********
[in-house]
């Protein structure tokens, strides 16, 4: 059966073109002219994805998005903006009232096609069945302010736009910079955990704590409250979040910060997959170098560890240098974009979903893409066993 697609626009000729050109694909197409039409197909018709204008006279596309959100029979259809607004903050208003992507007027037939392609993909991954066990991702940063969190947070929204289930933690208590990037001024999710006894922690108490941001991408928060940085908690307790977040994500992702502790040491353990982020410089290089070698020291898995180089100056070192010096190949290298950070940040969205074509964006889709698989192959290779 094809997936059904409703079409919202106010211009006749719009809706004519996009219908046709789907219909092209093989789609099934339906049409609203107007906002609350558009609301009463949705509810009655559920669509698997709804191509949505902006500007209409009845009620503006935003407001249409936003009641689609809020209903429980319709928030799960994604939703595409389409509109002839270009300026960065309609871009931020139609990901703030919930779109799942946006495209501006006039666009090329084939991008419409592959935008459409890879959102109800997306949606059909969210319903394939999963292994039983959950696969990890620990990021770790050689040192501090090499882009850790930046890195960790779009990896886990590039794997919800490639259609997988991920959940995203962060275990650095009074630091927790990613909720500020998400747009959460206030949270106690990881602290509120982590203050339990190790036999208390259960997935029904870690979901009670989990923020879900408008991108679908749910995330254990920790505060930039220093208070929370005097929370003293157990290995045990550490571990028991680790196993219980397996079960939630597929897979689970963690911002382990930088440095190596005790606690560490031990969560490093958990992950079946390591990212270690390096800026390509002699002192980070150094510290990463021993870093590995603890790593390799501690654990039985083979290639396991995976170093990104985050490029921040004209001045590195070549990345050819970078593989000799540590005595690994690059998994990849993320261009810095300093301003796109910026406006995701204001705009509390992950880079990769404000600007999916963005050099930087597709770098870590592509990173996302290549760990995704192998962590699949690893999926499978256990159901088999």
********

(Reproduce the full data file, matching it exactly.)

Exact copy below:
[in-house]
């Protein structure tokens, strides 16, 4: 059966073109002219994805998005903006009232096609069945302010736009910079955990704590409250979040910060997959170098560890240098974009979903893409066993 697609626009000729050109694909197409039409197909018709204008006279596309959100029979259809607004903050208003992507007027037939392609993909991954066990991702940063969190947070929204289930933690208590990037001024999710006894922690108490941001991408928060940085908690307790977040994500992702502790040491353990982020410089290089070698020291898995180089100056070192010096190949290298950070940040969205074509964006889709698989192959290779 094809997936059904409703079409919202106010211009006749719009809706004519996009219908046709789907219909092209093989789609099934339906049409609203107007906002609350558009609301009463949705509810009655559920669509698997709804191509949505902006500007209409009845009620503006935003407001249409936003009641689609809020209903429980319709928030799960994604939703595409389409509109002839270009300026960065309609871009931020139609990901703030919930779109799942946006495209501006006039666009090329084939991008419409592959935008459409890879959102109800997306949606059909969210319903394939999963292994039983959950696969990890620990990021770790050689040192501090090499882009850790930046890195960790779009990896886990590039794997919800490639259609997988991920959940995203962060275990650095009074630091927790990613909720500020998400747009959460206030949270106690990881602290509120982590203050339990190790036999208390259960997935029904870690979901009670989990923020879900408008991108679908749910995330254990920790505060930039220093208070929370005097929370003293157990290995045990550490571990028991680790196993219980397996079960939630597929897979689970963690911002382990930088440095190596005790606690560490031990969560490093958990992950079946390591990212270690390096800026390509002699002192980070150094510290990463021993870093590995603890790593390799501690654990039985083979290639396991995976170093990104985050490029921040004209001045590195070549990345050819970078593989000799540590005595690994690059998994990849993320261009810095300093301003796109910026406006995701204001705009509390992950880079990769404000600007999916963005050099930087597709770098870590592509990173996302290549760990995704192998962590699949690893999926499978256990159901088999």